There is a threat of assets freeze on three individuals who are associated with Longfin Corp. The company’s shares jumped sharply after a blockchain pivot. That is because of some doubts on the kind of transactions that the company has done with these individuals. Even if there are any number of frauds being committed in the past and get caught at a later stage, there is no stoppage for its recurrence. Though laws are clear about illicit trading profits, people are trying to escape by hook or crook or circumvent such laws.
SEC Stands A Good Chance
A federal judge indicated that the Securities and Exchange Commission (SEC) stands a good chance of winning its case against the three individuals. They are associated with Longfin Corp, whose shares jumped over 2,000 percent last year following the announcement of its acquisition of a startup that is based on blockchain technology, coindesk reported. This is only bringing back the times of Internet era of 1997 – 2001 where a lot of people have placed their bets on the sector only to suffer later.
The U.S. District Judge Denise Cote pointed out that the regulator has bright chances of proving Deorababu Penumarthi, Suresh Tammineedi, and Andy Altahawi, benefiting illegally from the pivot. In her order, the judge said that “The SEC has shown that it is likely to prove at trial that these defendants participated in an unregistered illegal public offering of the stock of Longfin Corp.” The stock price has hit a 52-week high of $142.82 on the NASDAQ stock exchange and reached a low of $4.69 in the same period. On Wednesday, the stock closed at $28.189.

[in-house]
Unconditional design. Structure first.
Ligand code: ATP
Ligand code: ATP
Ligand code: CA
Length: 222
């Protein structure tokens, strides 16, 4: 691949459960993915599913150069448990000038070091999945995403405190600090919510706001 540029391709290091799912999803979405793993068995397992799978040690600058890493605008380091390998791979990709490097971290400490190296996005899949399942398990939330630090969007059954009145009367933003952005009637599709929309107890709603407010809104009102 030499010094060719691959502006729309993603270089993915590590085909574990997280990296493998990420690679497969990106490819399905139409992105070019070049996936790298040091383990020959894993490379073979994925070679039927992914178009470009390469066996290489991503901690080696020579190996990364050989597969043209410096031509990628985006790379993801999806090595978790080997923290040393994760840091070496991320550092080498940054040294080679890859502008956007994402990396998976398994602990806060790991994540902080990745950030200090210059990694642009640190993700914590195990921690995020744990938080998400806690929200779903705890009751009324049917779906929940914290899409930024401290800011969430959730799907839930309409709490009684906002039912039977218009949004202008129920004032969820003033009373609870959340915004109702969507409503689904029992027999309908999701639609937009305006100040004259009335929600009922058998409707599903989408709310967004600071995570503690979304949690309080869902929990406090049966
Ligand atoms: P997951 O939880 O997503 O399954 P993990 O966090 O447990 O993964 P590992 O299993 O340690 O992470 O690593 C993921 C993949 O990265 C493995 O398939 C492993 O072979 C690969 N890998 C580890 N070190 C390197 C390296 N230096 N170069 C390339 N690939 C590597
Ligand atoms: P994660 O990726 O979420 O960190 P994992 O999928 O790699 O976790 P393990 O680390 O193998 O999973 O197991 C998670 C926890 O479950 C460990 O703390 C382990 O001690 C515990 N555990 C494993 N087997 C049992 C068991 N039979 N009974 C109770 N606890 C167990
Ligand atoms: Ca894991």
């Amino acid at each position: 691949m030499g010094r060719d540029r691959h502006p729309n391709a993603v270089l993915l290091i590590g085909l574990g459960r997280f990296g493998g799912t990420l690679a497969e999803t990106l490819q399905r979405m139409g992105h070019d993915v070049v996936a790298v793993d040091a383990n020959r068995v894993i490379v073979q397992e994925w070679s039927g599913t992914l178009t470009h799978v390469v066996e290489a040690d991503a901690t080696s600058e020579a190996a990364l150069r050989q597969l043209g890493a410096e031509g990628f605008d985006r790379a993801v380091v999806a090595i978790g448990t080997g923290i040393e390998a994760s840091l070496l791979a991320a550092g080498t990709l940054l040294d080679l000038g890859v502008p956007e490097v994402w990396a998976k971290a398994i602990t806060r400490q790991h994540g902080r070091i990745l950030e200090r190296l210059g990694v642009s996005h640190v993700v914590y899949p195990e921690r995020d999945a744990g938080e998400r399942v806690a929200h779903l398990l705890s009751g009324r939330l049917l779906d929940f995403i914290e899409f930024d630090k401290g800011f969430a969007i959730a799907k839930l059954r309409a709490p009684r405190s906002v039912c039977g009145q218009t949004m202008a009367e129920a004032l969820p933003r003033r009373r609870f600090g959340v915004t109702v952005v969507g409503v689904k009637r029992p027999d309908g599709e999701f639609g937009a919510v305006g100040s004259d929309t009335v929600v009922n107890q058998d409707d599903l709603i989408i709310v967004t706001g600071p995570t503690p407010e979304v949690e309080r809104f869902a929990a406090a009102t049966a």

The regulator charged Longfin of issuing over two million unregistered restricted stocks to Altahawi. The company also issued the restricted shares to Tammineedi and Penumarthi. The SEC has frozen the assets in question from these three for their alleged role in profiting. The company’s stock plunged on March 26 after Citron, a short seller has called it as a pure stock scheme.
The SEC has resorted to halting share trading of Longfin on April 6. The regulator also freezes about $27 million for allegedly profiteering from trading activities. The SEC termed it as an emergency step meant to curb the money from leaving the country. The company’s chairman, Venkat Meenavalli, faced a charge of issuing unregistered stock to the three individuals. They then sold them to the public through illegal means.
CEO’s Assets Frozen
The company’s CEO was named as a defendant in the SEC case in the initial stage. However, the judge has opted to unfreeze the assets of the company, as well as, Meenavalli. This came after the company and the CEO demonstrated that they have not profited from any alleged illegal offering.
In January, the SEC chairman, Jay Clayton, indicated that the regulator was scrutinizing the public companies disclosure that is aiming to shift their business focus to capitalize the advantage of the distributed ledger technology. This is to make sure that there are no flaws in complying with securities regulations.